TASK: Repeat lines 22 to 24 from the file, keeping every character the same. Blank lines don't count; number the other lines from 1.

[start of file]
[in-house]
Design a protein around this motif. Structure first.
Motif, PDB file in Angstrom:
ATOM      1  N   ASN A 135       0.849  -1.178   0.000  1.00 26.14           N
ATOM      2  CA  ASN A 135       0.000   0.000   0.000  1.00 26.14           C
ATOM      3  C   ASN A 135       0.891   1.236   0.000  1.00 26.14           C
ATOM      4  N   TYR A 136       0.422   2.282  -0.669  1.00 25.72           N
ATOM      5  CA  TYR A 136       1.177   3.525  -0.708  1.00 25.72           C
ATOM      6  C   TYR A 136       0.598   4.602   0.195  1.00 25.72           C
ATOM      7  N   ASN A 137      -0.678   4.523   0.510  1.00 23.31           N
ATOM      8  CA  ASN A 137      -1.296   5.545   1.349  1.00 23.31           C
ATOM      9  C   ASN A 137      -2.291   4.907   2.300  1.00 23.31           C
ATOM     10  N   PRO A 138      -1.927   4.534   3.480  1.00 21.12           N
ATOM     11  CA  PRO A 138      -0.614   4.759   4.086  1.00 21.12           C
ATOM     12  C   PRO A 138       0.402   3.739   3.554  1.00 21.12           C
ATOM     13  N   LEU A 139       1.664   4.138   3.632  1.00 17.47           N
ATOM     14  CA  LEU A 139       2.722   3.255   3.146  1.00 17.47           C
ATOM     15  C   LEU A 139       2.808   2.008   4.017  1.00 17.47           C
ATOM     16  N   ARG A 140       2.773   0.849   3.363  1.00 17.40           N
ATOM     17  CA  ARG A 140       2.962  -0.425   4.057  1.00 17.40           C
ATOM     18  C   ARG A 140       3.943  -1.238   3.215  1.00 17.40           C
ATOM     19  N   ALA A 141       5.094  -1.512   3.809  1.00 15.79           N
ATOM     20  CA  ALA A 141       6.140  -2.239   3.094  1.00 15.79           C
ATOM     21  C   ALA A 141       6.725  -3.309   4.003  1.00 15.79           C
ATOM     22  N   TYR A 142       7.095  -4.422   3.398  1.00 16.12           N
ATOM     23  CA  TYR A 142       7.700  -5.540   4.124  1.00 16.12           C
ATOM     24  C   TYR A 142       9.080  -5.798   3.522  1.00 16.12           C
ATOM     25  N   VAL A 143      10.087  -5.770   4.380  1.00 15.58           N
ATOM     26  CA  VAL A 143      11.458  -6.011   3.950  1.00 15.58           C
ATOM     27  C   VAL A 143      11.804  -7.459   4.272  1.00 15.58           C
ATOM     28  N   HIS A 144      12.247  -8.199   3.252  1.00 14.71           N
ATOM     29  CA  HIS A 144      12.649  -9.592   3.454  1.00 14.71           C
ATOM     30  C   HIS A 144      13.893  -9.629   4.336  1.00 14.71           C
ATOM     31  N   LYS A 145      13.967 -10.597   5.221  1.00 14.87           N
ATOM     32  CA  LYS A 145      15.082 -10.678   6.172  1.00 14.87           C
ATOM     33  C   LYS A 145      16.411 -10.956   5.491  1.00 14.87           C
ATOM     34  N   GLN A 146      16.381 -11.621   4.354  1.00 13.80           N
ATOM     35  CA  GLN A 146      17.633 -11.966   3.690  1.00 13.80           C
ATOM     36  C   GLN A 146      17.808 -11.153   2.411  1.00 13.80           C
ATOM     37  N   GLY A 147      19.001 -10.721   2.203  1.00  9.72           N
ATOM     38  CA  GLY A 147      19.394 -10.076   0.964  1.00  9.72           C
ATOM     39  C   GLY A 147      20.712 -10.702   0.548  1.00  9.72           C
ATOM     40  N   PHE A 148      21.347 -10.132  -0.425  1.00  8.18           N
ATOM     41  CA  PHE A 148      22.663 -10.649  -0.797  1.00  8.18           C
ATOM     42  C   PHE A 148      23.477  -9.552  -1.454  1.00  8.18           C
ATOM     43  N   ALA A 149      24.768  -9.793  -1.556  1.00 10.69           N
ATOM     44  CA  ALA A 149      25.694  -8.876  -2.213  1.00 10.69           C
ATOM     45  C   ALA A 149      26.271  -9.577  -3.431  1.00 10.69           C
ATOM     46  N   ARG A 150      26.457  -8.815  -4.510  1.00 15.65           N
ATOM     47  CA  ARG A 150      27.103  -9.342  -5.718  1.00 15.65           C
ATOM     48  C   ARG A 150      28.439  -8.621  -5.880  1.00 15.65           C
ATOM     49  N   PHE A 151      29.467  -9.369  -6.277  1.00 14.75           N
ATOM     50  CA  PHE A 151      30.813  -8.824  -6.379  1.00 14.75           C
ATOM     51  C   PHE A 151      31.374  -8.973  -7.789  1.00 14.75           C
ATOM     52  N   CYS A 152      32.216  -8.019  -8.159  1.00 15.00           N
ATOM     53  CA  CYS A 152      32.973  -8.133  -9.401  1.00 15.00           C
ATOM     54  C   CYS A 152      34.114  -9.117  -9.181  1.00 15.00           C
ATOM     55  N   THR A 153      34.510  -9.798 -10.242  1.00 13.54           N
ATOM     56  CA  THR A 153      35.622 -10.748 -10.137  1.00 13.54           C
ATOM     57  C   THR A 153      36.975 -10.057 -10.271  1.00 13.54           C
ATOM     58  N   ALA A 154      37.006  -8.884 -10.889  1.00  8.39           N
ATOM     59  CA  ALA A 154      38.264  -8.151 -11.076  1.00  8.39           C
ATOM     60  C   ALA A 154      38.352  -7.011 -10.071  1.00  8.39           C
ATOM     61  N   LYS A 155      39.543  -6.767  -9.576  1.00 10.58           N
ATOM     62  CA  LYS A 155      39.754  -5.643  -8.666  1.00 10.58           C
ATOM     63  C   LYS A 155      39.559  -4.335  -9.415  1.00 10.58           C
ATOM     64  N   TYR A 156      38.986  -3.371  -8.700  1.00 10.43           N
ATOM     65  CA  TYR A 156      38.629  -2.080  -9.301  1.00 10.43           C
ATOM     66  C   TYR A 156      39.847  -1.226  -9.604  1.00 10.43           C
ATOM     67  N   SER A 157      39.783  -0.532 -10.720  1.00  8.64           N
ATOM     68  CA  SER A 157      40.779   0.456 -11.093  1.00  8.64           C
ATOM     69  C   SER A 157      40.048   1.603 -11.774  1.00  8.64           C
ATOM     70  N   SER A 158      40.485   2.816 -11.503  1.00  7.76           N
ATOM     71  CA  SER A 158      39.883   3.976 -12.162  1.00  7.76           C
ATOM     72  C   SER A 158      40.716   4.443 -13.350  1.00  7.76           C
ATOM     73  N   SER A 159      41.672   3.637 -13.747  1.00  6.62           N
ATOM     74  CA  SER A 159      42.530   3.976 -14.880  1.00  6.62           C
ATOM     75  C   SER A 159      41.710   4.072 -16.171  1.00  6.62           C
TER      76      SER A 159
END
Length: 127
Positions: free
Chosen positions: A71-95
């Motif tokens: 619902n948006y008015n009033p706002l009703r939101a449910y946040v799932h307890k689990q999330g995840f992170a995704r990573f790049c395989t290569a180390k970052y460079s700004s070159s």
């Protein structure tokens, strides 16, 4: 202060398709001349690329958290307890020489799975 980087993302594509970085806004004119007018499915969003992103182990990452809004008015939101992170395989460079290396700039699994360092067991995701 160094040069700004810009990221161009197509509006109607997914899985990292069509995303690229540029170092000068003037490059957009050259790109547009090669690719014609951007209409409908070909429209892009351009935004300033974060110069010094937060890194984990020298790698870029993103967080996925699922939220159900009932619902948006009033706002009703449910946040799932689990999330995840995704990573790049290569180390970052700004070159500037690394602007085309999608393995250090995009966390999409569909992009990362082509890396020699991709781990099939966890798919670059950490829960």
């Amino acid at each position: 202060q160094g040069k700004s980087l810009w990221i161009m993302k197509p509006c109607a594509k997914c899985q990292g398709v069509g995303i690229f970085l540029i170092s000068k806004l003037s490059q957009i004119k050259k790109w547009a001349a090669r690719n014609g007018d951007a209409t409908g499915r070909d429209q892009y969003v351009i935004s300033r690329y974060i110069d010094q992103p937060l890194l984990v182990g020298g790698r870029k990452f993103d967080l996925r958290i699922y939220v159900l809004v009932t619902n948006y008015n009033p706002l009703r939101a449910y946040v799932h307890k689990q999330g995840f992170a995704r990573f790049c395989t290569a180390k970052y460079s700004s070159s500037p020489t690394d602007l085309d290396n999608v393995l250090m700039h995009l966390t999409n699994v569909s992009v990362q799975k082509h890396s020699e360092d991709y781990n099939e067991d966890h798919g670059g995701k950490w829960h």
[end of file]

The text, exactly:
ATOM     19  N   ALA A 141       5.094  -1.512   3.809  1.00 15.79           N
ATOM     20  CA  ALA A 141       6.140  -2.239   3.094  1.00 15.79           C
ATOM     21  C   ALA A 141       6.725  -3.309   4.003  1.00 15.79           C